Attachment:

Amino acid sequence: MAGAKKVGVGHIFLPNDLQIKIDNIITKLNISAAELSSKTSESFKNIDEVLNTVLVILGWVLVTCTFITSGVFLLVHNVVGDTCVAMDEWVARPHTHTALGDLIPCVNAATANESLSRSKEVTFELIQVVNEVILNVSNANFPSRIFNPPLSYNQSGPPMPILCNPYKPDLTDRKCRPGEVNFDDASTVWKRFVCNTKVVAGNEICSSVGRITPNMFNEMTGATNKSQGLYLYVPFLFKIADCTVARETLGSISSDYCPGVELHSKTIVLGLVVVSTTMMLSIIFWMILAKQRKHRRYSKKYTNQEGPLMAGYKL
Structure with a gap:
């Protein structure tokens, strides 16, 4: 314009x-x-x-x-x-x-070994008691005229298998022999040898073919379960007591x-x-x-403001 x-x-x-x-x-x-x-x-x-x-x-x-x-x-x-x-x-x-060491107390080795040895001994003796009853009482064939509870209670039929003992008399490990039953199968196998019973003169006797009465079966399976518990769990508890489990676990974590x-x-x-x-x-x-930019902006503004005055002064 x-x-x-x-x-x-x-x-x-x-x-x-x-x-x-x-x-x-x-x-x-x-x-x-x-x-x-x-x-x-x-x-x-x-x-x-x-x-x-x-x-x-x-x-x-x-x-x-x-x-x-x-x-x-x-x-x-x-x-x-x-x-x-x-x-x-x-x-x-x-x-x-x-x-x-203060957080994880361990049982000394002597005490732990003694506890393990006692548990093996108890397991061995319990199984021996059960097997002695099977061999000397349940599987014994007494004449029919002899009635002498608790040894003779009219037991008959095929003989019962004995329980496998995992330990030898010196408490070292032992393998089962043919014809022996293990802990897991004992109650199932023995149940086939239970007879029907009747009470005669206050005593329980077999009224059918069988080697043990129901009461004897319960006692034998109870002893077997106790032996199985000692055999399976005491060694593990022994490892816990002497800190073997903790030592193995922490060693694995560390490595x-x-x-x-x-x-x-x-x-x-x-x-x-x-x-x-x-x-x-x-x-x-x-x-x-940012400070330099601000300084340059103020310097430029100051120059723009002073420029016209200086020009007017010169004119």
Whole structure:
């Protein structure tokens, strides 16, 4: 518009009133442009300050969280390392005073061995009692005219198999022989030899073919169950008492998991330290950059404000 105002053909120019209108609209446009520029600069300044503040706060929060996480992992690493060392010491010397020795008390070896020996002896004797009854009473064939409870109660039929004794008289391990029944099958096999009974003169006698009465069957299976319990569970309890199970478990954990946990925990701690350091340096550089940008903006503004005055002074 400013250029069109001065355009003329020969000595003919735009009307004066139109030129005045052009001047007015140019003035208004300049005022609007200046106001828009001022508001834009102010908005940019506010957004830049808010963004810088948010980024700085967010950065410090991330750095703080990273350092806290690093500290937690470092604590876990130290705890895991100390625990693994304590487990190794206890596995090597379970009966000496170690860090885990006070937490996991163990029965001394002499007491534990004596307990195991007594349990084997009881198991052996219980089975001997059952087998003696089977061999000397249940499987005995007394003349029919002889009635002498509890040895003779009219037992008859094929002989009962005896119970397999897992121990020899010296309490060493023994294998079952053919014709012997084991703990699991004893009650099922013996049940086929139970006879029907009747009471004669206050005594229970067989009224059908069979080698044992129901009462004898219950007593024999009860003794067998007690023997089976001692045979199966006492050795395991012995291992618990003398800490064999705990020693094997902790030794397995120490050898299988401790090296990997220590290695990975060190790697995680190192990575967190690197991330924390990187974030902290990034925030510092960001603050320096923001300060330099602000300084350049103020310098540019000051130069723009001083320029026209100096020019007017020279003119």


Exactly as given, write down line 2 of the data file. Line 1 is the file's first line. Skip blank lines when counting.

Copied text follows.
Structure with a gap: